South Korean police said yesterday they had tightened security for a high-ranking North Korean defector after authorities arrested two alleged spies from the North for plotting to assassinate him.
The move came a day after prosecutors said the two elite North Korean military officers, entering South Korea in the guise of defectors, had tried to kill Hwang Jang-yop.
Hwang, the architect of the North Korean regime’s ideology of juche, or self-reliance, was once secretary of the ruling Workers’ Party and a tutor to leader Kim Jong-il.
He defected in 1997 during a visit to Beijing, becoming the highest-ranking official to flee the hardline communist state.
The 87-year-old now lives under guard at a secret address in South Korea to forestall any attempts by the North to assassinate him.
While cloak-and-dagger plots are not new in the rivalry between the North and South, the attempt to kill Hwang comes as tensions have risen after the mysterious sinking of a South Korean naval ship near the countries’ border.
Prosecutors said the spies secretly entered Thailand in December through China and were sent to South Korea separately in January and February.
They allegedly admitted they had received a direct order in November from Colonel-General Kim Yong-chol, head of the North’s main military espionage unit, to kill Hwang.
The confession came during a cross-examination by genuine defectors who found the spies were lying about their background in the communist country, the South’s National Intelligence Service said.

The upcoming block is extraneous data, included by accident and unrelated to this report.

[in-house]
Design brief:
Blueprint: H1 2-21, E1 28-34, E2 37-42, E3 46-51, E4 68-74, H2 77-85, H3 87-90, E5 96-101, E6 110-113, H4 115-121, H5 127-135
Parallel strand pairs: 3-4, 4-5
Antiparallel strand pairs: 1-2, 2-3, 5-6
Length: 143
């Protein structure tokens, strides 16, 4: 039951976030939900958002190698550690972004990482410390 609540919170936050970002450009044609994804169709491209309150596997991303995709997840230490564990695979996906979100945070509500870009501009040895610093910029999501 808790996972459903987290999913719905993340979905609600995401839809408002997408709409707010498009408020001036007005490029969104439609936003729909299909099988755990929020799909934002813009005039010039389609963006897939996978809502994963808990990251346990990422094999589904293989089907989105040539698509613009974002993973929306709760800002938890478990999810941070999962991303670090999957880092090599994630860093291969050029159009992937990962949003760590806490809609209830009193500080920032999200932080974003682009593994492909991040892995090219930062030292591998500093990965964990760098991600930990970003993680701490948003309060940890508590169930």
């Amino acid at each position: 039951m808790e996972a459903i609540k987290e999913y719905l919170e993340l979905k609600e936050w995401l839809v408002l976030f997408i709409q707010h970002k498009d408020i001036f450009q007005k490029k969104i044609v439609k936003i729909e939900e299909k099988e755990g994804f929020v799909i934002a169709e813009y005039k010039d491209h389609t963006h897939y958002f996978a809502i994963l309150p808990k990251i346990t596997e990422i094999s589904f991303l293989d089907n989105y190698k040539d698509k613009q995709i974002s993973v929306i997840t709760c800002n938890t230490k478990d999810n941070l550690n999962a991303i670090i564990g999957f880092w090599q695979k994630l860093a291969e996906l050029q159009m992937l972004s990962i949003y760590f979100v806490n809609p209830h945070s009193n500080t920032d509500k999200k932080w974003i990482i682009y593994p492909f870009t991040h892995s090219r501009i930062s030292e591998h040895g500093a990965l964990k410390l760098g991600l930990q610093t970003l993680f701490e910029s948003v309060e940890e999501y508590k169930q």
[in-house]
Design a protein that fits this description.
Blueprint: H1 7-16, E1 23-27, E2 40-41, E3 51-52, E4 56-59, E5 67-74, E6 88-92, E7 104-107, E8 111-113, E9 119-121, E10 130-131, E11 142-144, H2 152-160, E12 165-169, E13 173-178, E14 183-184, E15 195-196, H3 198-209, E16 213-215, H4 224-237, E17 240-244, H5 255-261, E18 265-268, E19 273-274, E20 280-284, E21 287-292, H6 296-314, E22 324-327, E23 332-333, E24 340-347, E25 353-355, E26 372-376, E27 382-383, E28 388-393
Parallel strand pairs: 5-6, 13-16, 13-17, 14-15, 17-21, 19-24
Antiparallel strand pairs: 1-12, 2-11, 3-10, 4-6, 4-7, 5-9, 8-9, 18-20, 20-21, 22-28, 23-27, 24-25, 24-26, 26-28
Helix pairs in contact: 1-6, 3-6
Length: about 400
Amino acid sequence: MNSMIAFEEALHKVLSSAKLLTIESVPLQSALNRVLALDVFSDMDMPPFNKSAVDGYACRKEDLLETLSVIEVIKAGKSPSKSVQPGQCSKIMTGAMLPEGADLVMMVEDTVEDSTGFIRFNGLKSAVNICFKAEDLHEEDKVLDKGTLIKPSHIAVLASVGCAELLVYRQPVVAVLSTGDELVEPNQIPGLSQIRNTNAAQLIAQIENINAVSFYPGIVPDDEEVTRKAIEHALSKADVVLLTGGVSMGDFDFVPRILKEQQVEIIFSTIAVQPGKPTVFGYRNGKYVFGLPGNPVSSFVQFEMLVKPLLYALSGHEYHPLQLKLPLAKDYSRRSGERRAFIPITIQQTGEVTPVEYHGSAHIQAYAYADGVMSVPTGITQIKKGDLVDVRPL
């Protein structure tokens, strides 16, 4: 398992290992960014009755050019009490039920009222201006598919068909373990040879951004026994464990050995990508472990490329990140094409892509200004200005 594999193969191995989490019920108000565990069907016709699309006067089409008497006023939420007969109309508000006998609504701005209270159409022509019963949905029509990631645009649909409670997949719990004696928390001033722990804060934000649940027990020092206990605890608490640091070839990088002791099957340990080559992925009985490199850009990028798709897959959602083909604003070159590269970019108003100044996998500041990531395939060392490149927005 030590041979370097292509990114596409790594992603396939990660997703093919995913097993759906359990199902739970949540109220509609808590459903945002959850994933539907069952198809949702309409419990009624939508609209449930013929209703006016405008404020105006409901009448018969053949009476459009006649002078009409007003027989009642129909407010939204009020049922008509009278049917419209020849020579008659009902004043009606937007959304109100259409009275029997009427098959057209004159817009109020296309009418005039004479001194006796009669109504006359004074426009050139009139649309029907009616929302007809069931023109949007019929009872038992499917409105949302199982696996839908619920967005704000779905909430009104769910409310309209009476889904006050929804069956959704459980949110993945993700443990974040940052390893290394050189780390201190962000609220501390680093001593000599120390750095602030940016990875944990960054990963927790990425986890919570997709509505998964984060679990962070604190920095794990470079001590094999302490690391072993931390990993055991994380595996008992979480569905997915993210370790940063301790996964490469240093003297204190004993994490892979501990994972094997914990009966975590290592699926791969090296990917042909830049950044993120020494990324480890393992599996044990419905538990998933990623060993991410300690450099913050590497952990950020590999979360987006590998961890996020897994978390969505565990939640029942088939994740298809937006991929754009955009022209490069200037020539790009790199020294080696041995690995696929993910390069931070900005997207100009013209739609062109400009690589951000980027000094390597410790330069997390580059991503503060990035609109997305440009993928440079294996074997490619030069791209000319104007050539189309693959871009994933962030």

The North Koreans, identified as Kim and Tong, both 36, had been trained as spies since 2004, it said.
Hwang, who has received regular death threats, reacted nonchalantly to the latest case, saying it was unworthy of his attention, his aide told Yonhap news agency yesterday.
The North’s official Web site Uriminzokkiri issued a commentary on April 5 threatening Hwang with death over his criticism of the Pyongyang regime.
“You must not forget traitors have always been slaughtered with knives,” it said.
The commentary, which followed trips by Hwang to the US and Japan, described him as a “traitor and human scum” and said he had “viciously slandered our dignity and system” during his trips.
South Korea has not blamed North Korea for last month’s sinking of the Cheonan naval corvette, but on Tuesday said that nuclear disarmament talks with the North could not resume if the communist state was found responsible.
Yesterday, South Korean President Lee Myung-bak avoided directly blaming the North but said the sinking was a wake-up call to the realities of living next door to the world’s “most belligerent” state.